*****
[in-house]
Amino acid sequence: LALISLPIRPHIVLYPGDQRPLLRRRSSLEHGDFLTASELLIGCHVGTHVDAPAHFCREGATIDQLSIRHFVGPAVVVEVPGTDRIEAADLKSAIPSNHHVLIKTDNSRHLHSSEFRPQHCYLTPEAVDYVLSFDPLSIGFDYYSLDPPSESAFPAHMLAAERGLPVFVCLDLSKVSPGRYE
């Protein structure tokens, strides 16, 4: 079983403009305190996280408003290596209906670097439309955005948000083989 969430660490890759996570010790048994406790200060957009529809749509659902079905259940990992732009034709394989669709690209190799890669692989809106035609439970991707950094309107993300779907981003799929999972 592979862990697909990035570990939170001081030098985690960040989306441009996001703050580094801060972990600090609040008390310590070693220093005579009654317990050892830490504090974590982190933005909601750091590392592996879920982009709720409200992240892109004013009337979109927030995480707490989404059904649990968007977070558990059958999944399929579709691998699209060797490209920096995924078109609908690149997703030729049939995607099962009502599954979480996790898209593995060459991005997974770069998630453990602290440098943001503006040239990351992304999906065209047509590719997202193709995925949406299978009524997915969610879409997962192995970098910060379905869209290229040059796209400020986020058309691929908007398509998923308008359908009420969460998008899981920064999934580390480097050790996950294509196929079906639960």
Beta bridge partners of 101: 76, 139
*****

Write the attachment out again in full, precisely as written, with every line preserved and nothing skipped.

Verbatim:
[in-house]
Amino acid sequence: LALISLPIRPHIVLYPGDQRPLLRRRSSLEHGDFLTASELLIGCHVGTHVDAPAHFCREGATIDQLSIRHFVGPAVVVEVPGTDRIEAADLKSAIPSNHHVLIKTDNSRHLHSSEFRPQHCYLTPEAVDYVLSFDPLSIGFDYYSLDPPSESAFPAHMLAAERGLPVFVCLDLSKVSPGRYE
């Protein structure tokens, strides 16, 4: 079983403009305190996280408003290596209906670097439309955005948000083989 969430660490890759996570010790048994406790200060957009529809749509659902079905259940990992732009034709394989669709690209190799890669692989809106035609439970991707950094309107993300779907981003799929999972 592979862990697909990035570990939170001081030098985690960040989306441009996001703050580094801060972990600090609040008390310590070693220093005579009654317990050892830490504090974590982190933005909601750091590392592996879920982009709720409200992240892109004013009337979109927030995480707490989404059904649990968007977070558990059958999944399929579709691998699209060797490209920096995924078109609908690149997703030729049939995607099962009502599954979480996790898209593995060459991005997974770069998630453990602290440098943001503006040239990351992304999906065209047509590719997202193709995925949406299978009524997915969610879409997962192995970098910060379905869209290229040059796209400020986020058309691929908007398509998923308008359908009420969460998008899981920064999934580390480097050790996950294509196929079906639960």
Beta bridge partners of 101: 76, 139